|"Dawning" by Low Bros (source)|
Friday, March 18, 2016
"Dawning" by Low Bros is one of those paintings that I have a hard time describing why I think it fucking rocks. Maybe because it reminds me of Star Fox with the blocking polygon effects or maybe it's the boarder that makes me think about being in the doctor's office when I was 13 years old and no one could figure out what was going wrong with me (spoilers: they never did). In the end it doesn't matter because this painting just fucking rocks. I want to see it hanging over my computer and to hear my son howl at it. I want to adventure in it when I'm playing D&D.
It. just. fucking. rocks.
Friday, March 11, 2016
|"Orgullo" by Gustavo Rimada (source)|
Often when you hear people talking about confident women in art they're talking about some sort of meaningless garbage where the woman either needs to be placed into a masculine role or where they have to be put up on some sort of pedestal (though that must be done without any hint of sexuality). Such things do not concern Gustavo Rimada's works as he has made the women he paints into the sort of people I've known my entire life: confident, uncaring of your social mores, and fully capable of destroying your world if you fuck with them.
"Orgullo", pride in English, typifies what Rimada's been capable of creating. She exudes the sort of integral nature of what true pride in oneself should be. There is no fear in her eyes and every bit of her has this sort of, "I give not one fuck about your shit," attitude that I just adore. In "Orgullo" is everything that I imagine to be found when you look in the eyes of Amazons. She's Red Sonja and Dejah Thoris. She's Zuggtmoy and Iggwilv. "Orgullo" is everything right with the powerful women that actually exist in the world without the baggage shoved down on them by people with too much time on their hands and an ax to grind.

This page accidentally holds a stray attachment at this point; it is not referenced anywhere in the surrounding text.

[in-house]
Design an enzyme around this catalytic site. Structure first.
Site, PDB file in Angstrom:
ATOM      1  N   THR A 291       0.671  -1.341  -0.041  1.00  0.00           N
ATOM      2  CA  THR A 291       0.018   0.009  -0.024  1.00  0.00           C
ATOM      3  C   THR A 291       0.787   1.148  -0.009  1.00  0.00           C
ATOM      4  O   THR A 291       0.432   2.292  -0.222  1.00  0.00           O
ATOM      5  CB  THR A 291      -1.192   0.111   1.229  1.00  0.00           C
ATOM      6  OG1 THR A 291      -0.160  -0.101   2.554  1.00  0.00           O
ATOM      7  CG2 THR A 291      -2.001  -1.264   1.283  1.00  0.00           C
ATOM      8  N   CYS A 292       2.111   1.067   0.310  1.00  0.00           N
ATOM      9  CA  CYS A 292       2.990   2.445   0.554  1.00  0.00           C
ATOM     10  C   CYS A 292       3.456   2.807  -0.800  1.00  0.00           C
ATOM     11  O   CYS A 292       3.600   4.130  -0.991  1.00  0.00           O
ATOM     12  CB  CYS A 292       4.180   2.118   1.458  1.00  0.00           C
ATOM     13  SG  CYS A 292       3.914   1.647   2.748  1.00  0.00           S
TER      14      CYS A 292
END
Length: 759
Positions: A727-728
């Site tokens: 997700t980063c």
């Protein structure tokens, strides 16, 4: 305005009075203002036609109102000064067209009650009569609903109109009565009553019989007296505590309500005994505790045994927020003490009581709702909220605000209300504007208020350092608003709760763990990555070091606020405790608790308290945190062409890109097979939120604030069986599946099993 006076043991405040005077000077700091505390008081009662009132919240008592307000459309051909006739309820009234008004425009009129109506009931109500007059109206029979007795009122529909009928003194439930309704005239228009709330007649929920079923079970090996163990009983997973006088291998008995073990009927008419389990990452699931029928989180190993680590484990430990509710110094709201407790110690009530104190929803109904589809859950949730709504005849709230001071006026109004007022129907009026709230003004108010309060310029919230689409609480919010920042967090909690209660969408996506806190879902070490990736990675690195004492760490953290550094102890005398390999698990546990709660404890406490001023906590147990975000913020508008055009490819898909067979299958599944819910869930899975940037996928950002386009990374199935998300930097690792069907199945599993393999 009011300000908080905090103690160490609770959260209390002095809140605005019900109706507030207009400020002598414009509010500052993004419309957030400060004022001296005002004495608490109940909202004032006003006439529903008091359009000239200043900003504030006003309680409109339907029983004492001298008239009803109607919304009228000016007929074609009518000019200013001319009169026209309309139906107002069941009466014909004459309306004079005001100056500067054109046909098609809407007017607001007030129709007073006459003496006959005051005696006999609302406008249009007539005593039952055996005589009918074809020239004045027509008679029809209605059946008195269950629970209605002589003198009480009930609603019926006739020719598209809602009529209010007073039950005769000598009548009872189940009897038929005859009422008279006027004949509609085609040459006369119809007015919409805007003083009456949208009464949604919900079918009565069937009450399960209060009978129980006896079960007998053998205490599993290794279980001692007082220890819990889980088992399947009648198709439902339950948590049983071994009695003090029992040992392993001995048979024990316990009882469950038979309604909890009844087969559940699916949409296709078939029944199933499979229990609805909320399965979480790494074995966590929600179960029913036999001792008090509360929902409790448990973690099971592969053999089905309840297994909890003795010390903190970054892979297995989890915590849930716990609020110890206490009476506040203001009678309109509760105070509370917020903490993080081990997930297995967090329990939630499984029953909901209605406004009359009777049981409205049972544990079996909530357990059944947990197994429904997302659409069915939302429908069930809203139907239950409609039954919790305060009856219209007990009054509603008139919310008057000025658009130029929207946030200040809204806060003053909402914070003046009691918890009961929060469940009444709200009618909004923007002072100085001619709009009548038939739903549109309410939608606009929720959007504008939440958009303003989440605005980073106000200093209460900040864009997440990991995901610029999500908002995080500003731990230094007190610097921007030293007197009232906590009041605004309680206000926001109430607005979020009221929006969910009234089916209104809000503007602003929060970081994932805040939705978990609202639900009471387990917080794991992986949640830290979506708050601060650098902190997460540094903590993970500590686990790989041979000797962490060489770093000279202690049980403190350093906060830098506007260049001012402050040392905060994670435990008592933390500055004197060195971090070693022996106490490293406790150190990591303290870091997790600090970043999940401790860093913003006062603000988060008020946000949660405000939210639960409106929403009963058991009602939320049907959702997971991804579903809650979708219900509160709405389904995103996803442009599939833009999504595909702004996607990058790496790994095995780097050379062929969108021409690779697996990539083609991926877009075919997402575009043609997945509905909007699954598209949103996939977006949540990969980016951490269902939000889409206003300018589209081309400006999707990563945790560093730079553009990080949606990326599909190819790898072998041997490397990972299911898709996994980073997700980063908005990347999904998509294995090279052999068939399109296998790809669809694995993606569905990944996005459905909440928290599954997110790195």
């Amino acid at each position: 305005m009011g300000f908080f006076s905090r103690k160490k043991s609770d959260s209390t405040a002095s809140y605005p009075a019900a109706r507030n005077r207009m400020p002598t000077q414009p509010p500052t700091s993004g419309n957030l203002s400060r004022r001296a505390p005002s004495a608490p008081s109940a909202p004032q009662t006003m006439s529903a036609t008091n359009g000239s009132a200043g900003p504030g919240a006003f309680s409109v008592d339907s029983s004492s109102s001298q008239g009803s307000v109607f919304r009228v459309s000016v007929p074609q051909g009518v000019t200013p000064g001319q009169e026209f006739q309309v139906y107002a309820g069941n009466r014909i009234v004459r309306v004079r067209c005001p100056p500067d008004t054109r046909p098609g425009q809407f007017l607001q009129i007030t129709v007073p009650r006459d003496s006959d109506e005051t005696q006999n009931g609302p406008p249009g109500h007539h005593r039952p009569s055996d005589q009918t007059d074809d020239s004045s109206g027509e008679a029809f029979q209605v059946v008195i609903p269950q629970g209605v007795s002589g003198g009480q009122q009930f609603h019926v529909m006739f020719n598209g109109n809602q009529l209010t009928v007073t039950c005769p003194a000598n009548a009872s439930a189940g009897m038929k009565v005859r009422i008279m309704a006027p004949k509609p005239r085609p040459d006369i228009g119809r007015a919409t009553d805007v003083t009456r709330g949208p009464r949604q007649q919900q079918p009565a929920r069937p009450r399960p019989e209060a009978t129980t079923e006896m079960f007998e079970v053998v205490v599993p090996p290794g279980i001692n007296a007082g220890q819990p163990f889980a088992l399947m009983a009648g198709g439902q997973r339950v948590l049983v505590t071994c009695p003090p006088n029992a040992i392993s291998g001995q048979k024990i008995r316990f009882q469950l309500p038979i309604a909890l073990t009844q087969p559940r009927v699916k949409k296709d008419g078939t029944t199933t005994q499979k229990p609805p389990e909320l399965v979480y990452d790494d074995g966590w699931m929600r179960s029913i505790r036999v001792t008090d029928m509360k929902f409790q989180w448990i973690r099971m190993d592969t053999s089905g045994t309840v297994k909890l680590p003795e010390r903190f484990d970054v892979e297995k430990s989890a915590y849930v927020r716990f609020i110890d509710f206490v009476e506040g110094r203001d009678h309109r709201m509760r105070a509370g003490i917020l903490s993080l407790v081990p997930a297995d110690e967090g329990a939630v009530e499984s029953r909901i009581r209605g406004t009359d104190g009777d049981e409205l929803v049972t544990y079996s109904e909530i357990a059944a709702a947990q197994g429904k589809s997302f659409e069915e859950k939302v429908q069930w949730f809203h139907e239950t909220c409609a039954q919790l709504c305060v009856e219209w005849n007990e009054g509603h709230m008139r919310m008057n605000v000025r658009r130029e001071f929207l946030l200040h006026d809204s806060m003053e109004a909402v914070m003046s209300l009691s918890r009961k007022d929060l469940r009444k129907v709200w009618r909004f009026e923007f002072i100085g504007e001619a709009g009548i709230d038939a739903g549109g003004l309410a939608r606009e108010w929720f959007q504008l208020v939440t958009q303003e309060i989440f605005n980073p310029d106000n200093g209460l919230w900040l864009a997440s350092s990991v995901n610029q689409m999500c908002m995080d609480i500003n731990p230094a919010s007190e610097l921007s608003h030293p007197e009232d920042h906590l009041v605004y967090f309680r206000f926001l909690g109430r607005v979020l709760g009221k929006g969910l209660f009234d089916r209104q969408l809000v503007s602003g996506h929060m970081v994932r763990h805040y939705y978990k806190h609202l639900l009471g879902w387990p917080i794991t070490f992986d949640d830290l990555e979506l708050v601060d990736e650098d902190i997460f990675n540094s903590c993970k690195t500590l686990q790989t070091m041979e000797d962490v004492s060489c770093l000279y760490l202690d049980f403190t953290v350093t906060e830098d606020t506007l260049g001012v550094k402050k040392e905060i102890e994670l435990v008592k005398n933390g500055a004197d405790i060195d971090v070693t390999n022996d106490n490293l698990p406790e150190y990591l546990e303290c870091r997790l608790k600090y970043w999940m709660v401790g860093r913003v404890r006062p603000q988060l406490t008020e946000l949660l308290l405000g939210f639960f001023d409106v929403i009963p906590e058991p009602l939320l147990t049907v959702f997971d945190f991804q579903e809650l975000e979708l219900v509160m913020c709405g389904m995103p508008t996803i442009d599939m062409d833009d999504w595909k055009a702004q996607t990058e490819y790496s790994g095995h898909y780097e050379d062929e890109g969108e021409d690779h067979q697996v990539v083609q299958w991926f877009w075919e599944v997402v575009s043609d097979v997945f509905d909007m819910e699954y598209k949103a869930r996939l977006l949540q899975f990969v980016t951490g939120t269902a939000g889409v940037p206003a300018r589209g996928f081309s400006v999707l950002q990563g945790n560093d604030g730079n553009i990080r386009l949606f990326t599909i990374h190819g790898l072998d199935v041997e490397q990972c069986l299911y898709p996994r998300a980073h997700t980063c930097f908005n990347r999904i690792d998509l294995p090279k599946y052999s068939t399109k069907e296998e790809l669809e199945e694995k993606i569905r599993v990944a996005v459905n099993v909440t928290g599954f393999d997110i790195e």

In fact, I like it so much that I'm ordering a poster of it this week. If you have an opportunity you should check out Rimada's website because he's putting out some fantastic stuff.
Friday, March 4, 2016
|"Tales from a Tin Can" by Brian Despain (source)|
I love how playful Brian Despain's worlds are with their expressive robots that remind of SCUD the Disposable Assassin in the best way possible. Every painting he creates seems to expand on a world rooted in its own logic and that breathes with a vibrancy that many would kill for a tenth of what he's able to portray.
I adore this painting.
The robot with his clinched fist, puffed out chest, and open heart speaks to this determination that has me thinking about Superman and the Golden Age heroes that used to put fists on their hips and dispense justice to NAZIs without a care about their teenage sidekicks who are spinning about while bullets wiz over their heads. It's as though we're looking into an alternate timeline where the robots have been purposfully built to accomplish tasks that go far beyond the simple welding operations that Ford has concieved of and instead has moved towards something that would feel at home in Matt Groening's Futurama or William Shattner's Tek novels.
If you get a chance you should definitely check out Despain's website as he's created a series of paintings that have given life to a world far more interesting than I can do justice.
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